07 | No new stuff
With climate anxiety and macroeconomic pressures looming, we’ll see a retreat from traditional consumerism. Beyond the continued growth of circular economy platforms, people will increasingly turn inward, seeking to mine what they already own to create new styles and hack together new solutions. The next wave of DIY creativity with its emphasis on reinvention raises an interesting question for branders – how do we make the old new again? – Shaye Roseman, Senior Associate, Strategy , New York
08 | Brands will embrace AI as a new tool in their arsenal
With the growing popularity of AI image generators, brands will need to think about how to integrate these tools into their existing guidelines and creative process. There are legitimate concerns from the design community and the world at large about the promises of AI, from the growing presence of deepfakes to the risks of copyright infringement and perpetuation of biases. These challenges should be carefully managed as the prominence of AI imagery grows—but they shouldn’t stop brands and creatives from embracing a new, powerful tool in their communication arsenal, wielded responsibly. – Bethany Lesko, Partner, Design, New York
09 | Measurement will go virtual
Whether brands are dipping their toes into the metaverse or diving headfirst into NFTs, traditional models for monitoring brand health and ROI will evolve to equip marketers to deeply understand—and capture the value of—new kinds of virtual relationships. – Pascale Tam, Partner, Strategy , New York
10 | Inflation will remain entrenched
For the past decade we’ve become used to price stability. That era is over. Even as central banks dampen down extreme inflation, we are likely to be structurally above 2% for the foreseeable future. That provides an opportunity for brands that successfully convey value, whatever price point they compete at, through conveying the meaning they bring to their customers. The highest value brands are always price competitive but are rarely the cheapest in their categories. – David Mayer, Senior Partner, Marketing and Customer Strategy , New York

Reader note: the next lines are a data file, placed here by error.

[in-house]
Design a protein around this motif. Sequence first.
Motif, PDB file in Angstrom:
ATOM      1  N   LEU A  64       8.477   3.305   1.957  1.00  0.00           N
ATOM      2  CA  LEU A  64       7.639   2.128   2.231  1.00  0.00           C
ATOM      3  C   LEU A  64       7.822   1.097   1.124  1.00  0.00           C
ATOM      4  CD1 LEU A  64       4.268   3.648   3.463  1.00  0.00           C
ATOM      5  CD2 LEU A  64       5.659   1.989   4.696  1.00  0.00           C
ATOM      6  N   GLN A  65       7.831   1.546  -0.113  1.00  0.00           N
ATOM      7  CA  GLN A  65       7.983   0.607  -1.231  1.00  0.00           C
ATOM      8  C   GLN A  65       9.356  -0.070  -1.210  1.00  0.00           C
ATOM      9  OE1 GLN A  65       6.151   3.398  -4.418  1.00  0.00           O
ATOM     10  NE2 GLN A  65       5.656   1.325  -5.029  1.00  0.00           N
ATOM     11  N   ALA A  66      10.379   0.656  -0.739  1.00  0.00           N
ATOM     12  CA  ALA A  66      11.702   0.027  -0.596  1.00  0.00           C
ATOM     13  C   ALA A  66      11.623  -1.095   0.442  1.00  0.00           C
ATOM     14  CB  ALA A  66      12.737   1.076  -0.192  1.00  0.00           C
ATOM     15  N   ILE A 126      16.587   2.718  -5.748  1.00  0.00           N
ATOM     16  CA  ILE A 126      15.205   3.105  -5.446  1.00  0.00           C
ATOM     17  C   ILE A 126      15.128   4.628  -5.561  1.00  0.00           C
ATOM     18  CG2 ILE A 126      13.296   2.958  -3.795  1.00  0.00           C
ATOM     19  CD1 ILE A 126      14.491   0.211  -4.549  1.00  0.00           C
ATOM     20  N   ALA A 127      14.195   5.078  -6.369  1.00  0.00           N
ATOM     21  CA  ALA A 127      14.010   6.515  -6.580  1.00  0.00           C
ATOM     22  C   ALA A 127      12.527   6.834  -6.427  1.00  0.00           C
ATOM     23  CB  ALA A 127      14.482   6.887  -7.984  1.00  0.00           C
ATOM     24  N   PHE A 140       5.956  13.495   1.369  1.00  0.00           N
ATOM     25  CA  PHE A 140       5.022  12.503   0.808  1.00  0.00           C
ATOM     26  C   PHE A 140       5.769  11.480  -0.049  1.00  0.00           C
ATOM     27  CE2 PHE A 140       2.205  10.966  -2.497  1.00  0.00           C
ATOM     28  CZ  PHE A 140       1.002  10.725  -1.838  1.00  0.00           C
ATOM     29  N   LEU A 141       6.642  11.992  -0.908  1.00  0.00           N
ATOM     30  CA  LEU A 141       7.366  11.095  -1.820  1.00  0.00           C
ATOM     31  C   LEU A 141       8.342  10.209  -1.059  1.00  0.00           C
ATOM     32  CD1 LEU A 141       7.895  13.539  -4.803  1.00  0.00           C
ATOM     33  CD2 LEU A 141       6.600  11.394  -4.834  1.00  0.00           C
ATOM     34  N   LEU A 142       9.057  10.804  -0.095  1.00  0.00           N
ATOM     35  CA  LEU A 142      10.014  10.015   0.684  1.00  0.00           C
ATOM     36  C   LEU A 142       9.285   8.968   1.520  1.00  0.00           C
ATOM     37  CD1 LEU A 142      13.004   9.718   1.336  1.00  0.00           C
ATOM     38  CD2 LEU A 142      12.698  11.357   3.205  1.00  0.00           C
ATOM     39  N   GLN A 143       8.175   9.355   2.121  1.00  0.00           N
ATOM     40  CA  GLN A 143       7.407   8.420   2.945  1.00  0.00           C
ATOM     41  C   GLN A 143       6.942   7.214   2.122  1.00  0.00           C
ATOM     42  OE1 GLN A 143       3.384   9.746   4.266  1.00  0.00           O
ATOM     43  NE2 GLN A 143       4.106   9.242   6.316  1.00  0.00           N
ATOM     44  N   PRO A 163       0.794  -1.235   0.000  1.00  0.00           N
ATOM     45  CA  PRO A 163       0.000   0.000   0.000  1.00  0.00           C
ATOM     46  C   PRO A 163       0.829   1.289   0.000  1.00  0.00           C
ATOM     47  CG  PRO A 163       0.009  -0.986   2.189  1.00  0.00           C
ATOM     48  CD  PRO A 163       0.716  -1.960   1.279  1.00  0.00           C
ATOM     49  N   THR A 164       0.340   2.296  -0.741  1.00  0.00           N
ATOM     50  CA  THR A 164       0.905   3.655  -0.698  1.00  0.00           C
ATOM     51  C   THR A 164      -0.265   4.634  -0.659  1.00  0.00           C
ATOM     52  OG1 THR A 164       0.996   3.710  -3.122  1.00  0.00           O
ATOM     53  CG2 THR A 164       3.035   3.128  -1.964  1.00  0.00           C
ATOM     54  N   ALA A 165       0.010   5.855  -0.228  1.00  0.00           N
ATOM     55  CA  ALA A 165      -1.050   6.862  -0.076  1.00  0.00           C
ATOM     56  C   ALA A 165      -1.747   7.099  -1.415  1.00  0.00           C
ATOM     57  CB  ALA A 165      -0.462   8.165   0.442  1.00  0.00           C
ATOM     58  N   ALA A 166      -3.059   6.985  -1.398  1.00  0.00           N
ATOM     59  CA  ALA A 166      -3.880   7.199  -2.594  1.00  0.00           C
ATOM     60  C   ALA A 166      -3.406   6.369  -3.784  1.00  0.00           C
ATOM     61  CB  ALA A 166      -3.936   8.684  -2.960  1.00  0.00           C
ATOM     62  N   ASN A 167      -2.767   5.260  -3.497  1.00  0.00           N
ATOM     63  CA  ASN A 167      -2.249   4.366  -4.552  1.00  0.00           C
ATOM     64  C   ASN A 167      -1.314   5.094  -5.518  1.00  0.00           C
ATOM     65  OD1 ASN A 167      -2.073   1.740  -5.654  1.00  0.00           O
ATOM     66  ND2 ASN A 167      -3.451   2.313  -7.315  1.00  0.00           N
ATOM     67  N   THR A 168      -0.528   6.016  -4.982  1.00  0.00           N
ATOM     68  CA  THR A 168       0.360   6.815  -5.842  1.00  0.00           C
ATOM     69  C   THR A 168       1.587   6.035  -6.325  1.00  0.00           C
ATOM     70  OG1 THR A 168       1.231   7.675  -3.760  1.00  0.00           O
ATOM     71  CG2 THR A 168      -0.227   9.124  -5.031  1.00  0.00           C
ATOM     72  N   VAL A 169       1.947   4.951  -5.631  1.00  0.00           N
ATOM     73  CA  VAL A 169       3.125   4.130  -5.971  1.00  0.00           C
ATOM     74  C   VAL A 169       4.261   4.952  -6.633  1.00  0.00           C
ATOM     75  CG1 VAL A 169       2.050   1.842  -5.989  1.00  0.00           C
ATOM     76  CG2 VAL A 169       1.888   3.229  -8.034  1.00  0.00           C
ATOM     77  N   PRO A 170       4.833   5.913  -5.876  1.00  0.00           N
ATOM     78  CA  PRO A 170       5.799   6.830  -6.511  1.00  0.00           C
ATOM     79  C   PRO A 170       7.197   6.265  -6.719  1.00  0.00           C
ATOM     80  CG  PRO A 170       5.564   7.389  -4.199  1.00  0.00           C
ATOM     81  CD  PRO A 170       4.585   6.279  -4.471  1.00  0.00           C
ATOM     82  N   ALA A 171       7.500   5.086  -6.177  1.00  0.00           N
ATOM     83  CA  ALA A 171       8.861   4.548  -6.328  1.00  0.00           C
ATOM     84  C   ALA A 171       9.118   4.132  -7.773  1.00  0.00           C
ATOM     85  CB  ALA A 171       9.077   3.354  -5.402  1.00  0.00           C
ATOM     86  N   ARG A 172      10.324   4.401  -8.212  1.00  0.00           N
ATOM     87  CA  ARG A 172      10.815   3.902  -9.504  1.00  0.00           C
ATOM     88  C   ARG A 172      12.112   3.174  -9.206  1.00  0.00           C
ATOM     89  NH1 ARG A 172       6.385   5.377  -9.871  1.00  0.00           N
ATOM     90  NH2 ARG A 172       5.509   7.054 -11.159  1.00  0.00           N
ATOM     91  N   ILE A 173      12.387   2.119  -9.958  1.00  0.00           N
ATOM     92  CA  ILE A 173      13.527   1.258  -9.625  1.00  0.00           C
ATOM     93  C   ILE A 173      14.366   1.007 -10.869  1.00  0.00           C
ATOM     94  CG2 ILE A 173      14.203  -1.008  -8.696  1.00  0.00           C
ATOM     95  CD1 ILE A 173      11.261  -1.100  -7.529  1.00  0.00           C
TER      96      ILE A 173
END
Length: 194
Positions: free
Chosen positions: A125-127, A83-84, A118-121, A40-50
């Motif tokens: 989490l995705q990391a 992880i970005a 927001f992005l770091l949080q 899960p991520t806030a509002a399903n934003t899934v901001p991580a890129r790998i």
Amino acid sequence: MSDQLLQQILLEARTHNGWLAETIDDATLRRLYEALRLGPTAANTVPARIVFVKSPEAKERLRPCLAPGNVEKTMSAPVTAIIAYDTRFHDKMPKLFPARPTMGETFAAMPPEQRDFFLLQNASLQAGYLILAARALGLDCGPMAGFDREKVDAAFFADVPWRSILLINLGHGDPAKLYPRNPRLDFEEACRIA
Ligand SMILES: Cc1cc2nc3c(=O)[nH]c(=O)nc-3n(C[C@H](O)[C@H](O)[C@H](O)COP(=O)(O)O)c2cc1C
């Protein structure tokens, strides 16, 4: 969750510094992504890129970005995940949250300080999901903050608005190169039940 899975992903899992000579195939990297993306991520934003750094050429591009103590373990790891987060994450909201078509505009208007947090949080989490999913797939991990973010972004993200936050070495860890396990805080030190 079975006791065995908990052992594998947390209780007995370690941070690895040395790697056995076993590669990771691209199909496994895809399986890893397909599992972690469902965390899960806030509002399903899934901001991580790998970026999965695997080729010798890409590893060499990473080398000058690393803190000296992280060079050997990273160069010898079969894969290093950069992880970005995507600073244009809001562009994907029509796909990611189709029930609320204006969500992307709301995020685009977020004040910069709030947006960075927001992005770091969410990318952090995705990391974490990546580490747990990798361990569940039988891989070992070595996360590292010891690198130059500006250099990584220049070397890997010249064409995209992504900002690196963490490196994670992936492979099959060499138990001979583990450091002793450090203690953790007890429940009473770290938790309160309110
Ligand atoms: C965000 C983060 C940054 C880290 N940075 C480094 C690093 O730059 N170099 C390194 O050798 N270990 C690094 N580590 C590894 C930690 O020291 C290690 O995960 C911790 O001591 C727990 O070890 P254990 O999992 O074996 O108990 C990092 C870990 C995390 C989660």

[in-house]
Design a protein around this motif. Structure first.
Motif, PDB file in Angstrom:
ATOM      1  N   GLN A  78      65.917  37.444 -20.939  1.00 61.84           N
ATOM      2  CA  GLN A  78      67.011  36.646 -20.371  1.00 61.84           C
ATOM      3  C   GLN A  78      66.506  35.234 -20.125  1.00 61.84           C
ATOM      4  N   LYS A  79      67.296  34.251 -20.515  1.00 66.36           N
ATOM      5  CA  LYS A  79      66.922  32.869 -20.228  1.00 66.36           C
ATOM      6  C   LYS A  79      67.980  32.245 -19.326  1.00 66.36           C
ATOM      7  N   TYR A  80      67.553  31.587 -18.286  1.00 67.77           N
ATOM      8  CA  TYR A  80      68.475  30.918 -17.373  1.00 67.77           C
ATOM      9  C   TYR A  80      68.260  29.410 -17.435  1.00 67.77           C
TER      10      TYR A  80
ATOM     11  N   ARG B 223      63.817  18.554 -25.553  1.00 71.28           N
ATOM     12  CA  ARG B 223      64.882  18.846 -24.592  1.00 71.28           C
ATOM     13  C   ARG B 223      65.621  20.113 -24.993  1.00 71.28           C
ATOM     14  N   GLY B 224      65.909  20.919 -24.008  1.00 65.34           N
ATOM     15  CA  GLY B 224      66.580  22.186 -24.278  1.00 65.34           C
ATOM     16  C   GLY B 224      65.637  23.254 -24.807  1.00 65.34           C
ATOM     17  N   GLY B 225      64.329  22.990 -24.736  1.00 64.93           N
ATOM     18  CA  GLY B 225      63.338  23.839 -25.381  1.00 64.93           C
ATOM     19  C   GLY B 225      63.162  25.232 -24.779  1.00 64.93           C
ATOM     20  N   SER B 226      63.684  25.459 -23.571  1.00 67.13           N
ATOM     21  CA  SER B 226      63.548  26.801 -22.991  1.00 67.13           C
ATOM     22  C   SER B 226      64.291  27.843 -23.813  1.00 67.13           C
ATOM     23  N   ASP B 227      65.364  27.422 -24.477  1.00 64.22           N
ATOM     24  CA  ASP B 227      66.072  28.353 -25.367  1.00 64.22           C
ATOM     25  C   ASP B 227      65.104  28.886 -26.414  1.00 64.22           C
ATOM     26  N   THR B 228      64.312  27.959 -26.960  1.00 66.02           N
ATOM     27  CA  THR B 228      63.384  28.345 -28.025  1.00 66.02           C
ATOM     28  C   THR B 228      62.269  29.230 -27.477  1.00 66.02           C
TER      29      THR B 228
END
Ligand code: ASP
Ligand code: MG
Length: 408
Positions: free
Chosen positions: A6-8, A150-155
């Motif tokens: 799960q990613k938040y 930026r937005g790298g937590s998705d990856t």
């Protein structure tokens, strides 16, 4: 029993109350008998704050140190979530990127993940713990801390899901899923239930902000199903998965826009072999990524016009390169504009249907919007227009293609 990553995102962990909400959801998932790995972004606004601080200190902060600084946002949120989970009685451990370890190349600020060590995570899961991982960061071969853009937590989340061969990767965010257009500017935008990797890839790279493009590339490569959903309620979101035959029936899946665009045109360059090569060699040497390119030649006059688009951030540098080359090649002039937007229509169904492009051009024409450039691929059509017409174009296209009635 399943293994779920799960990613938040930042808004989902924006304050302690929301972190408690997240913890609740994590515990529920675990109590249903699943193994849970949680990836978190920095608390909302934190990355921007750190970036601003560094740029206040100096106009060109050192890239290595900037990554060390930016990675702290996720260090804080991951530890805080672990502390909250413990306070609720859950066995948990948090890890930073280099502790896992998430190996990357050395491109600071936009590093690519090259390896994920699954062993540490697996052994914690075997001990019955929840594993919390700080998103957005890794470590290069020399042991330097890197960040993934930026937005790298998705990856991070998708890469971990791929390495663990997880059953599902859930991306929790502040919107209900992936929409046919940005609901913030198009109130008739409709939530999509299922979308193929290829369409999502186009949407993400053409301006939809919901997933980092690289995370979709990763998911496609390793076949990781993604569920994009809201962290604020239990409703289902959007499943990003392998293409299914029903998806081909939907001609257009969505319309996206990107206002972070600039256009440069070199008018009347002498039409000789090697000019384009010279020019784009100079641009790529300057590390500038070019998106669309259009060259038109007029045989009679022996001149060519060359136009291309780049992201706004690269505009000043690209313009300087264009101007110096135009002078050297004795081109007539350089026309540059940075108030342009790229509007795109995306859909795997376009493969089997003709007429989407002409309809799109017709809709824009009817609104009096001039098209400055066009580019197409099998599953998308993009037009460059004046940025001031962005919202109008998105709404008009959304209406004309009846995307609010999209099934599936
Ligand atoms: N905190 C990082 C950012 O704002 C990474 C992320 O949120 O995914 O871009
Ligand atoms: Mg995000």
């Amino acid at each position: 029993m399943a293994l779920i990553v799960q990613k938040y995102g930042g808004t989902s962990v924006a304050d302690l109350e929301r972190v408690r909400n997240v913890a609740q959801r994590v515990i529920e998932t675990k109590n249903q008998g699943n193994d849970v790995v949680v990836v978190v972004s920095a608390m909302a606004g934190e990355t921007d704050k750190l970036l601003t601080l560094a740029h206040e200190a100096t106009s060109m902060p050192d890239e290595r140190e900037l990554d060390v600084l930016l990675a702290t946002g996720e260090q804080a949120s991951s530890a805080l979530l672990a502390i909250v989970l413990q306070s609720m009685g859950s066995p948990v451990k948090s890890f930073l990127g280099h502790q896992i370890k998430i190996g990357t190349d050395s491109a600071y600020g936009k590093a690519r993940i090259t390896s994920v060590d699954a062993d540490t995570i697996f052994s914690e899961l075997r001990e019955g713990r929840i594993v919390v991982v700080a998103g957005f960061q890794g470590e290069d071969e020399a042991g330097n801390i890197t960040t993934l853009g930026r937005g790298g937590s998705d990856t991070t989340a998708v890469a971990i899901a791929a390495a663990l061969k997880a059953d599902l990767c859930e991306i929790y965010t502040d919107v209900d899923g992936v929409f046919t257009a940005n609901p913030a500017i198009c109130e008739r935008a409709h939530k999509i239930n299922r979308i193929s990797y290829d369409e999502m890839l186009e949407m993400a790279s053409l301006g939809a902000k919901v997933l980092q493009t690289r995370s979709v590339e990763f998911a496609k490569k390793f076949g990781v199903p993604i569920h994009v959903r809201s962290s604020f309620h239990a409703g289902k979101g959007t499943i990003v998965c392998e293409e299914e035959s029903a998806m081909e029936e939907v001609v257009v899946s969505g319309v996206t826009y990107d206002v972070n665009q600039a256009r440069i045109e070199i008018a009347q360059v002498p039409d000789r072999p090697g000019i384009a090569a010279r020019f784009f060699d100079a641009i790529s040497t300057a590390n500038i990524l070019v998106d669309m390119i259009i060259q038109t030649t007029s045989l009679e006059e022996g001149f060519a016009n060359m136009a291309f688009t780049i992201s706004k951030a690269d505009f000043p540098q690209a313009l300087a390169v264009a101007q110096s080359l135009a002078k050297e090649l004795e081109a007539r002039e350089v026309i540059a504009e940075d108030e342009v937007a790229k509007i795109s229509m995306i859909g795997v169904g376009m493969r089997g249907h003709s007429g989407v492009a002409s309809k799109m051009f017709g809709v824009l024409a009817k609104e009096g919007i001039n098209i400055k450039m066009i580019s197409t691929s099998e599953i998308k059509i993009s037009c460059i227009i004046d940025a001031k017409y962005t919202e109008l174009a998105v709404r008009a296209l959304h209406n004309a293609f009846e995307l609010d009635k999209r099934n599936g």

11 | We’ll see the rise of the “digital twin”
As the NFT and crypto burnout smoke clears, those that have been diligently working in the background at the intersection of business, web 3.0 and the metaverse will come to the fore. The first market revolution: the digital twin. In 2023, expect to see the rise of the digital twin, which to-date, is predominantly relegated to heavy industrials and manufacturing industries. We will hear about digital twins across nearly every industry as businesses look to scenario plan, mitigate risks, smartly insure assets and rapidly experiment. But consumers will also begin to receive digital twins of the physical products they purchase, creating a whole new set of use cases that blend the role of a product in both the real and meta worlds. As part of this, the next .com/mobile/app wave of new businesses will be Twinnings—businesses designed to exploit a digital twin to improve how things are done IRL or stand up the metaverse use cases. Expect, of all things, insurance, to be leaders in this game. – Cory Cruser, Senior Partner, Strategy & Innovation, London
12 | Brands will need to provide ‘Four Seasons’ customer experience, or risk losing market share
With an economic slowdown a distinct possibility, we see the most intense battle for consumers attention (and wallets) move from hospitality and aviation to multichannel retail. The gold standard of 5-star customer experience will become table stakes to stay top-of-mind and maintain a decent margin in the business. We are excited to see how different brands will join the fight and bring their own versions of anticipation, human connection and craft to physical spaces and online interactions in 2023. – Clemens Schrenk, Partner, Strategy & Innovation, Singapore